A new Democracy Corps poll revealed a nightmare scenario for Republicans where not only does Obama get reelected but Democrats regain total control of Congress.
According to Democracy Corps, for the first time in two years the Democratic Party has taken the lead on the generic congressional ballot, 47%-44%. The bad news for the GOP is that Independents have shifted back to the Democratic Party. In the previous surveys congressional Republicans led congressional Democrats by a net 9 points in October and 19 points in August with Independents, but today Democrats have taken a two point lead.
Why have the Democrats surged? The answer is that the behavior of Republicans in Congress has turned off voters. By a margin of 53%-39% respondents said the more they watched the Republicans in Congress, the less they like what they are offering. Approval of Republicans in Congress has dropped to a new low of 28%, and 8% strongly approve of the Republican caucus.
If congressional Republicans are hurting the GOP brand, the party’s 2012 presidential candidates may be making things even worse. By a margin of 53%-38% respondents said the more they watch the GOP nomination, the less they like what the Republican Party has to offer. Frontrunner Mitt Romney is not personally popular with Republicans or Independents. Only 31% of Republicans and 27% of Independents had warm feelings for Romney. Republicans are cold on Romney, and they are ready to bolt to a third party candidate.
18%-25% of Republicans and Republican leaners surveyed said that they would vote for a conservative third party candidate, and if that candidate was Ron Paul, Romney’s general election support would collapse.
Obama leads Romney by one point (47%-46%) in a two person race, but if Paul gets in, Romney loses 12 points and falls to 34%. Obama only loses three points if Paul runs as an Independent, and overall Paul draws the support of 18% of the electorate. (A third party candidacy by Ron Paul would split the Republican vote, and hand the election to Obama).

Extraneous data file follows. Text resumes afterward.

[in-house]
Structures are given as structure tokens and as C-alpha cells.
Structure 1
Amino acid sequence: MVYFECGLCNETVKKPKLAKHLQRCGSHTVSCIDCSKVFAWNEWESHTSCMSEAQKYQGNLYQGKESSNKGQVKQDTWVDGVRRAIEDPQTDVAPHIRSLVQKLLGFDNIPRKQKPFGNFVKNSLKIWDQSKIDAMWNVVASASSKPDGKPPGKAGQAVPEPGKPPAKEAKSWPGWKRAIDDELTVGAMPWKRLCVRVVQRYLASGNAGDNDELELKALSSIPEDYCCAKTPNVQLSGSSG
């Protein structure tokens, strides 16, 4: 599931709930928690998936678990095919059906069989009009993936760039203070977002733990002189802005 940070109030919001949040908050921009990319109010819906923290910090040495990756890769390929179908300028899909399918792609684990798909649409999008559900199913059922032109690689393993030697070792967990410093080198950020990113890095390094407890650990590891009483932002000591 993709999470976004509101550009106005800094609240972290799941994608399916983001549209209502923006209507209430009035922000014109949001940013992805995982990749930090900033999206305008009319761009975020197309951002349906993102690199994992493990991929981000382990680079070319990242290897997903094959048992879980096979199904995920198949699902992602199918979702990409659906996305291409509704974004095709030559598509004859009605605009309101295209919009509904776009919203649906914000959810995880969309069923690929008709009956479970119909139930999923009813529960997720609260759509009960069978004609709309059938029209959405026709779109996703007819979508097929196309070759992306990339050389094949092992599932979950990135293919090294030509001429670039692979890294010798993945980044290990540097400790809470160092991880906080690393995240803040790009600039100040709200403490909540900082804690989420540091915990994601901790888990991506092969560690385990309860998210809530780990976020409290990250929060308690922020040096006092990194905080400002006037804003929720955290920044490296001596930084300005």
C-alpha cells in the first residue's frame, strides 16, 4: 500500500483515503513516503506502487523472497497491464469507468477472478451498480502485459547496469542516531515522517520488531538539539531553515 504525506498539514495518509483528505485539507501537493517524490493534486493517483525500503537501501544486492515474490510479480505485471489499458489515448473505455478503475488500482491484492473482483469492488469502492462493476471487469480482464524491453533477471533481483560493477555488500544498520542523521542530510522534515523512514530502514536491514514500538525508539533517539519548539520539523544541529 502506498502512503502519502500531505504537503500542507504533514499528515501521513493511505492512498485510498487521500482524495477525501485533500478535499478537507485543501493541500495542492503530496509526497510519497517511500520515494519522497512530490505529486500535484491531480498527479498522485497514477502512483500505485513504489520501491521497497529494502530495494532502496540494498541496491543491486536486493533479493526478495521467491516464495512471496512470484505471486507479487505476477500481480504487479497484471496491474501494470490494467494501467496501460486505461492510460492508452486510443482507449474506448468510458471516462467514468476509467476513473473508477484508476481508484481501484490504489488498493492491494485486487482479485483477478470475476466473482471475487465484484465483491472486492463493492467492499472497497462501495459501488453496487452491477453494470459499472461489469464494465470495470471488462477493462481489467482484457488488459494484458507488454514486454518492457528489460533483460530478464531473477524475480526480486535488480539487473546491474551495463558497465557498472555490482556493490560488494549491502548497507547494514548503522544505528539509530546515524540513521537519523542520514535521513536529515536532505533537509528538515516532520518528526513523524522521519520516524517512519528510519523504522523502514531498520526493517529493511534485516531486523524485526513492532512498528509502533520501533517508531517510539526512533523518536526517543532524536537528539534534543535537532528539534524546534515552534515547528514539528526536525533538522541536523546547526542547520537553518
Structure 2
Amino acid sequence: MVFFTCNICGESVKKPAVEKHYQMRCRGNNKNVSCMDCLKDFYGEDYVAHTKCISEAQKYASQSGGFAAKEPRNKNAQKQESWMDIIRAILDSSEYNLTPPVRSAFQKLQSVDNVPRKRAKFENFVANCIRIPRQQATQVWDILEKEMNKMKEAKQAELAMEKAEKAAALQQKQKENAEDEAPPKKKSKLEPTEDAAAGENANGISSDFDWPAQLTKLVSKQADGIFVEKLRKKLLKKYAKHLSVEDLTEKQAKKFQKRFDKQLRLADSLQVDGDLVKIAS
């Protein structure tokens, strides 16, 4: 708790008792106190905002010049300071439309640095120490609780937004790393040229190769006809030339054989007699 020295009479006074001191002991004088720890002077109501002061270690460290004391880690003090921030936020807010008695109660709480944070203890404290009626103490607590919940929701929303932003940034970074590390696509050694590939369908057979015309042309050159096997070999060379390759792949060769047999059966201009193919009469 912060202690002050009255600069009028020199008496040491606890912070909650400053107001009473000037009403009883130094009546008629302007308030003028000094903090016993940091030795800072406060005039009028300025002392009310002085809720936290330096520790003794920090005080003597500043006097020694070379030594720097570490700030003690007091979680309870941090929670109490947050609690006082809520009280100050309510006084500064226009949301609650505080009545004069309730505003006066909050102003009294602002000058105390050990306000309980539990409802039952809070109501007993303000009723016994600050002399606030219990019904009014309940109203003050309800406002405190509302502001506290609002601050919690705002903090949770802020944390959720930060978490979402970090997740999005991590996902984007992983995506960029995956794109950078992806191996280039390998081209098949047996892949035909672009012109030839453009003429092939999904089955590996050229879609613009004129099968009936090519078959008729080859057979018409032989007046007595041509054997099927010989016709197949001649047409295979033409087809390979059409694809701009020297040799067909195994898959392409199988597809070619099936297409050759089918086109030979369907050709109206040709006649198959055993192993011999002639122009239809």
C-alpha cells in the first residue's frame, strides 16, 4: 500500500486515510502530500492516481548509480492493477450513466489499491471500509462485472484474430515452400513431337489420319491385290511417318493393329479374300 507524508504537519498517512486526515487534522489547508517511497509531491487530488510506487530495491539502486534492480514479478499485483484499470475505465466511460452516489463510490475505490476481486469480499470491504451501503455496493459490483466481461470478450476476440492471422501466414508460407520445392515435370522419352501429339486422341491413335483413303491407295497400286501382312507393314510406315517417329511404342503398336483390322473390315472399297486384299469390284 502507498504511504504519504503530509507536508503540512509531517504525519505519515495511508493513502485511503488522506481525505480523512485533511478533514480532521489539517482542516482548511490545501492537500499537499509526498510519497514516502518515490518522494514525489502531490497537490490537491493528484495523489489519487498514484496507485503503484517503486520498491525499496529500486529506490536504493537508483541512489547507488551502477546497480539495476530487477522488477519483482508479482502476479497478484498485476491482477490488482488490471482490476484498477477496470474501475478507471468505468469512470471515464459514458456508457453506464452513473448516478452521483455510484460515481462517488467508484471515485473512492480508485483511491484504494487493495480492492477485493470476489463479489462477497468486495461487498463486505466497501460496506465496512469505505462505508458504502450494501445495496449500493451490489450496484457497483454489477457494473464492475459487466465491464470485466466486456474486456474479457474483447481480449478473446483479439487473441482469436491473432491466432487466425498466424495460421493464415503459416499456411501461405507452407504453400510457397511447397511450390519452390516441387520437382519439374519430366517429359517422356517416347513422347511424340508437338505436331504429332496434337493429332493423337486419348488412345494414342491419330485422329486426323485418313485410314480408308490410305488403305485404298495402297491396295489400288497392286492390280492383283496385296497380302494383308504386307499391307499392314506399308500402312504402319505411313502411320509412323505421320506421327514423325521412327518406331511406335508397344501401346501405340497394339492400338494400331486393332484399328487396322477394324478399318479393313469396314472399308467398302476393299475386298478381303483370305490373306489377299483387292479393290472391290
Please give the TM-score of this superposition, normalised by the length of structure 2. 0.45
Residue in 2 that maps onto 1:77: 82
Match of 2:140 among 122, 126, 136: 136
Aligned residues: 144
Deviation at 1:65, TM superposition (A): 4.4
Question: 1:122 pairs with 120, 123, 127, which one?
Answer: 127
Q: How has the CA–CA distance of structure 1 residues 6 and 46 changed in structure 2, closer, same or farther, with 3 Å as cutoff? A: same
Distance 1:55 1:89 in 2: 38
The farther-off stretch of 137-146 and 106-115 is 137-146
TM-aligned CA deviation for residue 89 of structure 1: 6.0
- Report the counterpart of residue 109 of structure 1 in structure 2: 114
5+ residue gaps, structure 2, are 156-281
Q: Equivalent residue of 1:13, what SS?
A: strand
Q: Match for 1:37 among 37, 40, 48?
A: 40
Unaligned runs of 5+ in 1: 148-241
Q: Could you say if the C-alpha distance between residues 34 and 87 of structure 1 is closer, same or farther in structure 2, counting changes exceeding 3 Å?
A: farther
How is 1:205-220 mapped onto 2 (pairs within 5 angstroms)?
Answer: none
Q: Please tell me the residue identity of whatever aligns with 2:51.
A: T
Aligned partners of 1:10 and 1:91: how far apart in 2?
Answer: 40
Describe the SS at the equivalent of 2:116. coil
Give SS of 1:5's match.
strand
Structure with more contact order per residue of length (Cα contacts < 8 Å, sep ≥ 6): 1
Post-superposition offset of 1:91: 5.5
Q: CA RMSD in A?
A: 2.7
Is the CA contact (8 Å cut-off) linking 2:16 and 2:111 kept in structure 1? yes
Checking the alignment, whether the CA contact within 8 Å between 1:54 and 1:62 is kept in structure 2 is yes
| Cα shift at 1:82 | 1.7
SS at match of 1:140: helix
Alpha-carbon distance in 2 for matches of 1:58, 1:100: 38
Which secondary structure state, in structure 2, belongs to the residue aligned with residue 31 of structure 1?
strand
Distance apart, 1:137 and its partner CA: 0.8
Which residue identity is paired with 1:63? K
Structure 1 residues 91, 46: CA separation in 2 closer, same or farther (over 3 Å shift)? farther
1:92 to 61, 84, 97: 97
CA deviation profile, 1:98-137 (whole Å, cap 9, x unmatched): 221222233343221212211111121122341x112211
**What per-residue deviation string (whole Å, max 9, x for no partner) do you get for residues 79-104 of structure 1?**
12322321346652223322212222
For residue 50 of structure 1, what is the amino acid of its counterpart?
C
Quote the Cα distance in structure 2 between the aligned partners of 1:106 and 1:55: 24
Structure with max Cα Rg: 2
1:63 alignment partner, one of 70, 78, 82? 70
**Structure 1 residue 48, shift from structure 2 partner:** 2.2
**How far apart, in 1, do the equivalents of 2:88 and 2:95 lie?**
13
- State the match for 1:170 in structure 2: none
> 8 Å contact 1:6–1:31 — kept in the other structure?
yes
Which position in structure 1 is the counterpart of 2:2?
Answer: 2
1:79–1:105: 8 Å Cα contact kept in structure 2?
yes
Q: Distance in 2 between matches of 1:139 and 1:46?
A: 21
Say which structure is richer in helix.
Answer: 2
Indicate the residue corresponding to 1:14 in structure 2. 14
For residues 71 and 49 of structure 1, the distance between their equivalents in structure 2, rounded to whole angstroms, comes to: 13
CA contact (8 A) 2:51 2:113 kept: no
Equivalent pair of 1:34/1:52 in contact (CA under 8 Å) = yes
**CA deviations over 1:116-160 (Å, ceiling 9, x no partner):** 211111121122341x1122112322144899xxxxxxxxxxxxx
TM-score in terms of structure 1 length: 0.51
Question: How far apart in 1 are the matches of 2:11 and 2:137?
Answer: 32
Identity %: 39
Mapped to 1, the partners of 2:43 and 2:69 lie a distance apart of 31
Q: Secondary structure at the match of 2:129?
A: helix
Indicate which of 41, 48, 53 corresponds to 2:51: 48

A big problem for Republicans was that President Obama remained the most personally popular politician in the poll. Obama now only trails Romney by three points with Independents, and the Democratic Party 5 points and moved into a tie with Republicans on the issue of the economy. The poll also found that Obama has more potential voters willing to support him than Romney does.
All three of these components, an unpopular Republican congress, a cold fish of a nominee, and surging incumbent president could add up to a perfect storm of defeat for the GOP. The most telling statistic is that the more people get to know the Republican Party, the less likely they are to support their candidates.
The problem with generic ballots is that unnamed candidates tend to be more popular than real people, but generic ballots can help gauge the current temperature of an electorate. Right now, the electorate is moving back to the Democratic Party.
The Republican Party could have offset the damage done by their congressional members with a warm, energizing, and inspiring nominee. Unfortunately for them, Mitt Romney is none of those things. Romney tends to leave voters cold, and helps to reinforce the negative impressions that many respondents have about the GOP.
The ultimate representation of Republican voter dissatisfaction is their willingness to vote for a third party conservative candidate. The GOP has become an unpopular party that is seriously in danger of fracturing. Add into this equation an incumbent president who is personally popular and gaining positive momentum in the polls, and the result is the potential for a disastrous defeat.
It is possible, even without the presence of an Independent conservative third party candidate that Democrats take back the House, keep the Senate, and win the White House.
The pieces are starting to fall into place for what looked like an impossible scenario after the 2010 election to become a reality in 2012.
Mr. Easley is the managing editor. He is also a White House Press Pool and a Congressional correspondent for PoliticusUSA. Jason has a Bachelor’s Degree in Political Science. His graduate work focused on public policy, with a specialization in social reform movements.
Awards and Professional Memberships
Member of the Society of Professional Journalists and The American Political Science Association